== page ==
This is half of a map of Paris included in Baedeker's 1878 English-language guidebook to the Paris region. It gives us a sense of what British visitors to Paris in the late 19th and early 20th centuries would have seen -- after all, this guidebook and others like it directed them. Certain buildings are highlighted, along with railway lines, parks, rivers, neighbourhoods and major roads. Interestingly, among the buildings picked out, a large number have some government connection, such as the "Ecole Militaire," "C. [cours] Legislatif" and "Palais de l'Elysees." (There are also a lot of churches). It seems it was a convention to mark out public buildings on urban maps -- an 1883 atlas map of Paris does the same -- but whether or not the mapmaker was deliberately directing tourists to these buildings or just following a convention is not really important: the map was used as a tool, and even if tourists strenuously avoided such buildings, they would have had to use them to navigate and thus anchor their sense of location to such buildings. Thus it seems tourists in Paris would in most cases encounter the symbolically-important buildings of the French government, and perhaps they would link those government buildings to their overall impression of Paris. Perhaps they would have found the government buildings impressive or unthreatening. Even if they found the buildings sinister and exotic, their view of the institutions contained within them would be tempered by the surrounding city, which the buildings represented. After all, capital cities are often used to refer metonymically to governments. Indeed, the streets marked out on the map constitute a catalogue of great French people (such as Montaigne) and battles (such as Wagram). The experience of visiting Paris perhaps allowed English visitors to view France's history from that country's perspective, rather than from their own, for example by seeing how victories over Britain's allies (such as at Iena, Wagram, Eylau) were commemorated in France much as British victories over France (such as Waterloo) were memorialised in British street names. Additionally, these patterns of street naming meant that British visitors may have connected these people and events with the places they visited, so the touristic appeal of Paris in some way could have defanged French history.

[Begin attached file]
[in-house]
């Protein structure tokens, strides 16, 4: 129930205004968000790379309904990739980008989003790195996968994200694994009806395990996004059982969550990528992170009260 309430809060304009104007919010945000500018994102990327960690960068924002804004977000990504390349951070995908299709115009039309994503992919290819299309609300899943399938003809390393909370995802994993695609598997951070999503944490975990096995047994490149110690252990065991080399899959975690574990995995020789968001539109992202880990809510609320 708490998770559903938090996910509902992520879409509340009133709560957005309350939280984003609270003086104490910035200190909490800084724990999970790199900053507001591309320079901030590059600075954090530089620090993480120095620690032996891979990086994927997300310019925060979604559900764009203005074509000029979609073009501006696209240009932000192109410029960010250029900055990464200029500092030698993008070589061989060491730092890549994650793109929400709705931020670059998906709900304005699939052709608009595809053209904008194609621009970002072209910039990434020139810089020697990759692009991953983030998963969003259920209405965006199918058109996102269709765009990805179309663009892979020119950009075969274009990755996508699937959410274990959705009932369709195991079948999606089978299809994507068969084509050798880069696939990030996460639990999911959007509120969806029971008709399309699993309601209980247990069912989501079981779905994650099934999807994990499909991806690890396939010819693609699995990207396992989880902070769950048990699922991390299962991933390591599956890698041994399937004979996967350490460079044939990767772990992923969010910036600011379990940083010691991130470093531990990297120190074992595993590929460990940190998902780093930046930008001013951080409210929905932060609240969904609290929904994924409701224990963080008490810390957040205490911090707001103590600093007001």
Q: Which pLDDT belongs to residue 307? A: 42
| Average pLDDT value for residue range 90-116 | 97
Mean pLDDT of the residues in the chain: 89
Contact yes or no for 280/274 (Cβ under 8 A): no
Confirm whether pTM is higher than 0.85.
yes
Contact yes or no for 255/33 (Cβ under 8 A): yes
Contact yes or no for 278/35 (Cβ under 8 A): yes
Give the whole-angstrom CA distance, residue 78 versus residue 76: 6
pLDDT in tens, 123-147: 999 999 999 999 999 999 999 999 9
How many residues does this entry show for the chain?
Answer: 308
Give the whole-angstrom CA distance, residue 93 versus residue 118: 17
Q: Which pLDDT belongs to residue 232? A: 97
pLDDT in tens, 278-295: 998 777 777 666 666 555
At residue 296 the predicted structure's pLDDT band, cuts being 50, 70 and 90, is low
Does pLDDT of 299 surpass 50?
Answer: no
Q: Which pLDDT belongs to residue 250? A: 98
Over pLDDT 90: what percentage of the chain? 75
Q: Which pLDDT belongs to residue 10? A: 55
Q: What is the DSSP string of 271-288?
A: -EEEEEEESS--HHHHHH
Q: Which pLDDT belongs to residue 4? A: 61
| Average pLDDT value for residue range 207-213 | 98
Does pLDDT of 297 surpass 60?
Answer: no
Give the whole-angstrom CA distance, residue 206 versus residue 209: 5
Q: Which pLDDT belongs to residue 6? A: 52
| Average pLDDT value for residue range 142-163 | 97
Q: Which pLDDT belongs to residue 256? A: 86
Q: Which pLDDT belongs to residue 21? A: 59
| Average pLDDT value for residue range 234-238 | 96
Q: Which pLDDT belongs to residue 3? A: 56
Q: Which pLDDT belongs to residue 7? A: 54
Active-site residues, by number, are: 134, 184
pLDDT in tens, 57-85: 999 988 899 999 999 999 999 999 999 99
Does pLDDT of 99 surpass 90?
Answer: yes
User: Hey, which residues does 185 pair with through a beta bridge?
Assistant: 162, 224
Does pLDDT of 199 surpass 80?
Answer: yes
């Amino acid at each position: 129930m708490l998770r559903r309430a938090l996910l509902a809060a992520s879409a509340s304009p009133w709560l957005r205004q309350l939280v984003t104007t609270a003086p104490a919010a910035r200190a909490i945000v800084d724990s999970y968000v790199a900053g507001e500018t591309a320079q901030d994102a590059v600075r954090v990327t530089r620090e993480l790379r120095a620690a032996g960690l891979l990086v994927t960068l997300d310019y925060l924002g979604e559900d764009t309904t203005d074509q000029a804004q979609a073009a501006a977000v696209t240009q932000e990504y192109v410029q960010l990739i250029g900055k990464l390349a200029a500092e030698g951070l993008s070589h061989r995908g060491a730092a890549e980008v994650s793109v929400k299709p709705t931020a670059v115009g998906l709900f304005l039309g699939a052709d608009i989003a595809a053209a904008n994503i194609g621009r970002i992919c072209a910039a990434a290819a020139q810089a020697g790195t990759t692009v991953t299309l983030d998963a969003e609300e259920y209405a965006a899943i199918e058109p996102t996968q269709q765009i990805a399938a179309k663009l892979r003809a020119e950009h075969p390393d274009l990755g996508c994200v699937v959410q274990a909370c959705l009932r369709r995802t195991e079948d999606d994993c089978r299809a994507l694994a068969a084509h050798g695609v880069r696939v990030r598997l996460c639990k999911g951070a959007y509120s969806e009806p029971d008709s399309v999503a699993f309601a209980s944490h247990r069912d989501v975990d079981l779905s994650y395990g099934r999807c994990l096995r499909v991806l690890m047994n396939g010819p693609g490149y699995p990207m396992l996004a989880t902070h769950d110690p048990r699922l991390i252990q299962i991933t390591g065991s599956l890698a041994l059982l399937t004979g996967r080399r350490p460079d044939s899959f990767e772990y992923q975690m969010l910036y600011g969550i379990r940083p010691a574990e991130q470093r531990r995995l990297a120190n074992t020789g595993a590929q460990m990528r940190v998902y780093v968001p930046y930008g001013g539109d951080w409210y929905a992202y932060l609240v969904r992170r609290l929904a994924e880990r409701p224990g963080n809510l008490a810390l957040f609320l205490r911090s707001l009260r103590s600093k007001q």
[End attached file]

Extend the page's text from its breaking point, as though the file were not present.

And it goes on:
Wagner & Debes, Leipzig
Included in Karl Baedeker, Paris and its Environs: With Routes from London to Paris, and from Paris to the Rhine and Switzerland, Handbook for Travellers (Leipsic [sic.]: Karl Baedeker, 1878).
Foldout map from a guidebook
Historical Tourist Map
City Level (though because of how it was digitized, this file is only half of a larger map of the whole of Paris)
Historical Map Item Type Metadata
Included in a book.
As this map was extracted from a digitized copy of a guidebook, it is not in any formal map collection.